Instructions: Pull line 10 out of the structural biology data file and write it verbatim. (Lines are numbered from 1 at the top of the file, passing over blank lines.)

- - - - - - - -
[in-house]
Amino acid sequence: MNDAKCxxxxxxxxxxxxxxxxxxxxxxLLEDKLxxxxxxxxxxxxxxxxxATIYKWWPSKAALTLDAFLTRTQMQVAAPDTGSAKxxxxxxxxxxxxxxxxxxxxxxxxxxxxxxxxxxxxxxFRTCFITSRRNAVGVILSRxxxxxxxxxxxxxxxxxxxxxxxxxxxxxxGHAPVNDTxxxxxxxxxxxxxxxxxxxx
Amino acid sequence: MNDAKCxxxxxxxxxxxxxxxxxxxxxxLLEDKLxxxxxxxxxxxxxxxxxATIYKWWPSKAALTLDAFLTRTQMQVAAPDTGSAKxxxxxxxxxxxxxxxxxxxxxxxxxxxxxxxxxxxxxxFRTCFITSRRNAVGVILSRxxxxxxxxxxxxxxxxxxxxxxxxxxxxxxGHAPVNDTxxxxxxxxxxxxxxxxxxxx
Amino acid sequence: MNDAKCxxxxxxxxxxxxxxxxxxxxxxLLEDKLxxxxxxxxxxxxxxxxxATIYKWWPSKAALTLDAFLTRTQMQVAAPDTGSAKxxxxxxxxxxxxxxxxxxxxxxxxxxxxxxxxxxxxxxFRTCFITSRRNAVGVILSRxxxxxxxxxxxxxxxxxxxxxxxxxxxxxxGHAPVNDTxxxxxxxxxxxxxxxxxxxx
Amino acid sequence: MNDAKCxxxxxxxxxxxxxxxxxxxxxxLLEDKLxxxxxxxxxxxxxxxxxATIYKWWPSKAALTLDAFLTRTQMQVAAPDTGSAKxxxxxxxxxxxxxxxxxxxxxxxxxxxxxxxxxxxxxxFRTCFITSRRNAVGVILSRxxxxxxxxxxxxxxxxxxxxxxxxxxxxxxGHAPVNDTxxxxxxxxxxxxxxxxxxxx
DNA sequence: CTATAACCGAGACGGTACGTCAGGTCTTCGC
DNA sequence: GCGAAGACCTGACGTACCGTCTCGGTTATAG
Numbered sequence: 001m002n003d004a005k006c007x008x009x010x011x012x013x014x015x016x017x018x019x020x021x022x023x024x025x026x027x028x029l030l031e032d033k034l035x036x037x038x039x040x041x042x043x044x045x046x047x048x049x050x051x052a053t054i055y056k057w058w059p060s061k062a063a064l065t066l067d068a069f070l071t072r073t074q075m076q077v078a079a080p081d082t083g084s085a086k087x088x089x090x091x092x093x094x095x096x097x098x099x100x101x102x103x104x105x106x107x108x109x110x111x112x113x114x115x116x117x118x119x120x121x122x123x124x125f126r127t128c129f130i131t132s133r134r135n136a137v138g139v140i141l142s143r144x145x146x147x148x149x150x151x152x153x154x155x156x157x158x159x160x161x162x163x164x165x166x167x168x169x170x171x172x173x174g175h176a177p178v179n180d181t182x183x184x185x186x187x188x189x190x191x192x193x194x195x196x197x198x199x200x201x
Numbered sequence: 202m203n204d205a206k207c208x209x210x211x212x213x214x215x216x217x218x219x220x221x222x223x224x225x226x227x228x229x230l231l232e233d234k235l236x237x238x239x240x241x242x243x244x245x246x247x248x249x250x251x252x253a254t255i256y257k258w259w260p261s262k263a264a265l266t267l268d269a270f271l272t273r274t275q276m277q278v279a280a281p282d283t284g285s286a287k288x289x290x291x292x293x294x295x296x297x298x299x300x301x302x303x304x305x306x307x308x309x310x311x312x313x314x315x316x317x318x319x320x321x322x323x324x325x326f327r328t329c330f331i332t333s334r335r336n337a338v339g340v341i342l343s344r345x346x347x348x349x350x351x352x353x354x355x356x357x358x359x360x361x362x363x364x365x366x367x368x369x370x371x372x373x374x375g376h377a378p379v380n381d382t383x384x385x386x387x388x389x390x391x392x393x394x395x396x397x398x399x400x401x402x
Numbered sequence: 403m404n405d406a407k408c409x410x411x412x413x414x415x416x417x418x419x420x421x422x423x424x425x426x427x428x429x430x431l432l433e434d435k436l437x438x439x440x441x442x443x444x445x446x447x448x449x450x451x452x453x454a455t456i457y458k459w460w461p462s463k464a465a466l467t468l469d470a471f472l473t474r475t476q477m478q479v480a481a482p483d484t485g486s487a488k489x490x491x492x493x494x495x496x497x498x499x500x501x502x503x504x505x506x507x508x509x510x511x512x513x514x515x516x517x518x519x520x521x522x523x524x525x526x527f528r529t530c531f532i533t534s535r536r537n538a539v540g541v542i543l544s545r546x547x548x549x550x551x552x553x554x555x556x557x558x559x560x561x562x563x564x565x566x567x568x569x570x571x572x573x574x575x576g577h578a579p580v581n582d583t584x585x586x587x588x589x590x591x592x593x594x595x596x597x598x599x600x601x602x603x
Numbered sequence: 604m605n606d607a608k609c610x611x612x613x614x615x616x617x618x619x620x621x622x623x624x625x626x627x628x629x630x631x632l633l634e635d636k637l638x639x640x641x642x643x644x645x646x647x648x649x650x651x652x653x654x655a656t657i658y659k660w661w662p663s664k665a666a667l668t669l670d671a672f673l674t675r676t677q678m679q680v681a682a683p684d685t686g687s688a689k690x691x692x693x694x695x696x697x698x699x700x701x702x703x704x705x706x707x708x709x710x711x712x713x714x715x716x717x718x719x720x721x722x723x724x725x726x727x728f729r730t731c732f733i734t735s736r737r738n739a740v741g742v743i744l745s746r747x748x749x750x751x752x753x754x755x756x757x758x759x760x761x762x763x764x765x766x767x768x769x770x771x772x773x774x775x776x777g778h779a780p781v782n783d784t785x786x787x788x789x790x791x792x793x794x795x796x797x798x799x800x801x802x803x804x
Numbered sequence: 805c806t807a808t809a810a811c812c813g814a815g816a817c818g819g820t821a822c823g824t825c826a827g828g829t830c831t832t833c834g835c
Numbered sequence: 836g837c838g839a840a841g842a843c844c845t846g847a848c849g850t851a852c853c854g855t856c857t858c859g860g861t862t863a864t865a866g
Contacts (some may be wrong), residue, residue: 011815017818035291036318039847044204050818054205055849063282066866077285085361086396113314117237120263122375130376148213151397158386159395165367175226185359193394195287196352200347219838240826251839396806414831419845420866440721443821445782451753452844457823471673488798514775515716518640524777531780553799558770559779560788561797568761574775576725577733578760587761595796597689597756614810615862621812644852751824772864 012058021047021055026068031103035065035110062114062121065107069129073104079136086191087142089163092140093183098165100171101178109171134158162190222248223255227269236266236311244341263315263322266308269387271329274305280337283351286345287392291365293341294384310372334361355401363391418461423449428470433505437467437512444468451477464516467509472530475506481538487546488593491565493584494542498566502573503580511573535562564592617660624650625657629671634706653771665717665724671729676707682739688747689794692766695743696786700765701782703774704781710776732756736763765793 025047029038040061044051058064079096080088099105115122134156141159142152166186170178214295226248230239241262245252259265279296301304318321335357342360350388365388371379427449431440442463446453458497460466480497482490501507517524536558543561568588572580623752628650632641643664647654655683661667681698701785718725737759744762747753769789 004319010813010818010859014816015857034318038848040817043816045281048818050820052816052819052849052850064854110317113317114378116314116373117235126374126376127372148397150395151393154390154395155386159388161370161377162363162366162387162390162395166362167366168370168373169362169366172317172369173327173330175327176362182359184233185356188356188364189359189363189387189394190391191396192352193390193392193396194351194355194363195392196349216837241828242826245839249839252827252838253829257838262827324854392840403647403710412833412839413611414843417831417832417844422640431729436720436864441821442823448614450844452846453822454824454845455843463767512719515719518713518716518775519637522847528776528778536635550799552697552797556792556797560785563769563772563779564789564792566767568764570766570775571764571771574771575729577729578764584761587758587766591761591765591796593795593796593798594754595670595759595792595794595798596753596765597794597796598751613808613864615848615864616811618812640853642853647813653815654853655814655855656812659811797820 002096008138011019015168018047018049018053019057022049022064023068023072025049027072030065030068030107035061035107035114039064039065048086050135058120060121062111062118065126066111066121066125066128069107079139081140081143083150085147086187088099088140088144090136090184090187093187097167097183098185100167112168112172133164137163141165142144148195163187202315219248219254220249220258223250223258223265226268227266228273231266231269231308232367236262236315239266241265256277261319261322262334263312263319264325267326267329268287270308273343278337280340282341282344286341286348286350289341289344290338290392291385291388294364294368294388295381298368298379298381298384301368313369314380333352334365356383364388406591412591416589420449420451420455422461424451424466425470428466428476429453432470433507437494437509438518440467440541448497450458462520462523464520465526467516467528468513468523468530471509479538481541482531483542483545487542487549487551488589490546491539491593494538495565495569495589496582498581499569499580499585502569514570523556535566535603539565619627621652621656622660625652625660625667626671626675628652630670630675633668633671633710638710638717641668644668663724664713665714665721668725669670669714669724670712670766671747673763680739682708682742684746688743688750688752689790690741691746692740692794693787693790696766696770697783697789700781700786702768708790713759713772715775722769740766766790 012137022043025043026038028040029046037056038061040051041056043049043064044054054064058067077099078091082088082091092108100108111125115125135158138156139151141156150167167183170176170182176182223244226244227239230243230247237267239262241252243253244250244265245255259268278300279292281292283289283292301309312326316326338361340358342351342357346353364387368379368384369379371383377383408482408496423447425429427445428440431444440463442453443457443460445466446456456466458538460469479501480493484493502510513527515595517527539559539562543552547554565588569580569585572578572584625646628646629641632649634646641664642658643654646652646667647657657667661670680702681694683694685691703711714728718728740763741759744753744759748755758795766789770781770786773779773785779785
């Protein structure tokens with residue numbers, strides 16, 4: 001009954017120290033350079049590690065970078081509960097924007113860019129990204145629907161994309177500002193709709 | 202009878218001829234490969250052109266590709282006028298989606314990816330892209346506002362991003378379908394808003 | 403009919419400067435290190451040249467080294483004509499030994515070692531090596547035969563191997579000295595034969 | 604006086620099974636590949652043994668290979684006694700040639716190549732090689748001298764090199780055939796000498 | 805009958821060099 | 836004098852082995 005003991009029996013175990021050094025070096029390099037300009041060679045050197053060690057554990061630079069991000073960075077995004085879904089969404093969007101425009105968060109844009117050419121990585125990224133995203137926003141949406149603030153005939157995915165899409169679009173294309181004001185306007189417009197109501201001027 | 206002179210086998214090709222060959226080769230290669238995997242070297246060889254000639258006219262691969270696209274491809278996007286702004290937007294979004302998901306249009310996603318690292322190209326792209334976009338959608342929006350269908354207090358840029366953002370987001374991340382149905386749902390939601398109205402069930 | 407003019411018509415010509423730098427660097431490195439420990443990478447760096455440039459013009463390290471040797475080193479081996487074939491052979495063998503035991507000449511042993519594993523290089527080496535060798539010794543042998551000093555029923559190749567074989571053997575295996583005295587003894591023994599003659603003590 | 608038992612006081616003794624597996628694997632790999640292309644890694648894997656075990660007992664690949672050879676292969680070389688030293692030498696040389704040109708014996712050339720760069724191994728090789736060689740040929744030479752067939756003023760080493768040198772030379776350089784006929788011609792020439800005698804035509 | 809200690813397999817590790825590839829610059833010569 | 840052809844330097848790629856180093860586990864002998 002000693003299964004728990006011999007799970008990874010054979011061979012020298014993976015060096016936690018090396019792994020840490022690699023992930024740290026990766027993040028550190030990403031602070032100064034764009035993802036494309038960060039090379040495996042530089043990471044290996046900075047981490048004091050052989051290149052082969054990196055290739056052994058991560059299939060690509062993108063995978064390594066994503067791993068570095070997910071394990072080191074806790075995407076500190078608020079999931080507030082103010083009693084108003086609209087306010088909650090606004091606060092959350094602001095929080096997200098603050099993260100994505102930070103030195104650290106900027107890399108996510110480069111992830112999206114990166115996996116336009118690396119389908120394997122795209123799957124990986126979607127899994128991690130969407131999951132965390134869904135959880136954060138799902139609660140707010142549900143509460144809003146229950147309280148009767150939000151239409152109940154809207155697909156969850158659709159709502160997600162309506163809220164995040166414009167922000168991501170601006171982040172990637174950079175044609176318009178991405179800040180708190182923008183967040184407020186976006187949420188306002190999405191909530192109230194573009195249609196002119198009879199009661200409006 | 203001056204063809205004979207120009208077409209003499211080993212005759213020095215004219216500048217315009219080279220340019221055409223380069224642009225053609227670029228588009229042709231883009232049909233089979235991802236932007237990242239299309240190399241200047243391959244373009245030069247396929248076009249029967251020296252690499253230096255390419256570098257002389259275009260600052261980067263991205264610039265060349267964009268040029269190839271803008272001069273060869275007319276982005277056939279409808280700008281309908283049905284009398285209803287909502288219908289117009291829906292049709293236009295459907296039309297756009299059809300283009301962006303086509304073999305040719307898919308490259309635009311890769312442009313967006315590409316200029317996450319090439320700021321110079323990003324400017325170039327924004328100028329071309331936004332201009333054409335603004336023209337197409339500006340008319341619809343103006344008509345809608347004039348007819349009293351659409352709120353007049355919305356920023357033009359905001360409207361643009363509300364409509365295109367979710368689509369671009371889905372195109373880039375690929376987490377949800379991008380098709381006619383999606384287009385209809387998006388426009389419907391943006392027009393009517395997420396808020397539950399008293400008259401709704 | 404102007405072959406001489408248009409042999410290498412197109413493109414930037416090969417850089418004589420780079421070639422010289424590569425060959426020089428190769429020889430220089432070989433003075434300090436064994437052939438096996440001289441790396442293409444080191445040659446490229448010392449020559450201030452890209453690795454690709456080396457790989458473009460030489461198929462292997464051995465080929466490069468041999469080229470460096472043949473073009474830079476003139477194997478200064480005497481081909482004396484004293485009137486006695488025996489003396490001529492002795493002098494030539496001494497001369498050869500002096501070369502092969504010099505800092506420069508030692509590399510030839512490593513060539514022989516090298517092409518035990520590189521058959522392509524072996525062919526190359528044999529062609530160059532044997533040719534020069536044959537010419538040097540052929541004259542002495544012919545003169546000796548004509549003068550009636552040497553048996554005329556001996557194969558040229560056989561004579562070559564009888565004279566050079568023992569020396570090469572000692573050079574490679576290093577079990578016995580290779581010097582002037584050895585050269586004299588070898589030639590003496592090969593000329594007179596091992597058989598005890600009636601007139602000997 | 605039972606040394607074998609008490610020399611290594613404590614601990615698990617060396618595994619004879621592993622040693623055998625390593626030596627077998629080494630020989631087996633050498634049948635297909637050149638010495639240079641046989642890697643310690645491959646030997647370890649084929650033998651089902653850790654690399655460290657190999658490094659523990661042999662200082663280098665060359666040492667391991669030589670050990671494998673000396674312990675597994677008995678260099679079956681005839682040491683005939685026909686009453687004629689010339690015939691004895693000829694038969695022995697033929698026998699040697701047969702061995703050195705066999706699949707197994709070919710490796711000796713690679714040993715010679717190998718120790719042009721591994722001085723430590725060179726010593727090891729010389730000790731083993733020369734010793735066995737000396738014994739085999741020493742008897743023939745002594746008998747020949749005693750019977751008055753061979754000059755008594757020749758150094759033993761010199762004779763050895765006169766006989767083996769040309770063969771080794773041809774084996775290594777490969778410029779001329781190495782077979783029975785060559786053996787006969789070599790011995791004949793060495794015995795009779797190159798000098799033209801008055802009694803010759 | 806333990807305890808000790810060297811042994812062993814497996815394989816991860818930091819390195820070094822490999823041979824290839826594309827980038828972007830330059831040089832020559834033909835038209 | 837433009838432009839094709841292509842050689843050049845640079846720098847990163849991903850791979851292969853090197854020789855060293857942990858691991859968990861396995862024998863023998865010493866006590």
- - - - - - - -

Numbered sequence: 403m404n405d406a407k408c409x410x411x412x413x414x415x416x417x418x419x420x421x422x423x424x425x426x427x428x429x430x431l432l433e434d435k436l437x438x439x440x441x442x443x444x445x446x447x448x449x450x451x452x453x454a455t456i457y458k459w460w461p462s463k464a465a466l467t468l469d470a471f472l473t474r475t476q477m478q479v480a481a482p483d484t485g486s487a488k489x490x491x492x493x494x495x496x497x498x499x500x501x502x503x504x505x506x507x508x509x510x511x512x513x514x515x516x517x518x519x520x521x522x523x524x525x526x527f528r529t530c531f532i533t534s535r536r537n538a539v540g541v542i543l544s545r546x547x548x549x550x551x552x553x554x555x556x557x558x559x560x561x562x563x564x565x566x567x568x569x570x571x572x573x574x575x576g577h578a579p580v581n582d583t584x585x586x587x588x589x590x591x592x593x594x595x596x597x598x599x600x601x602x603x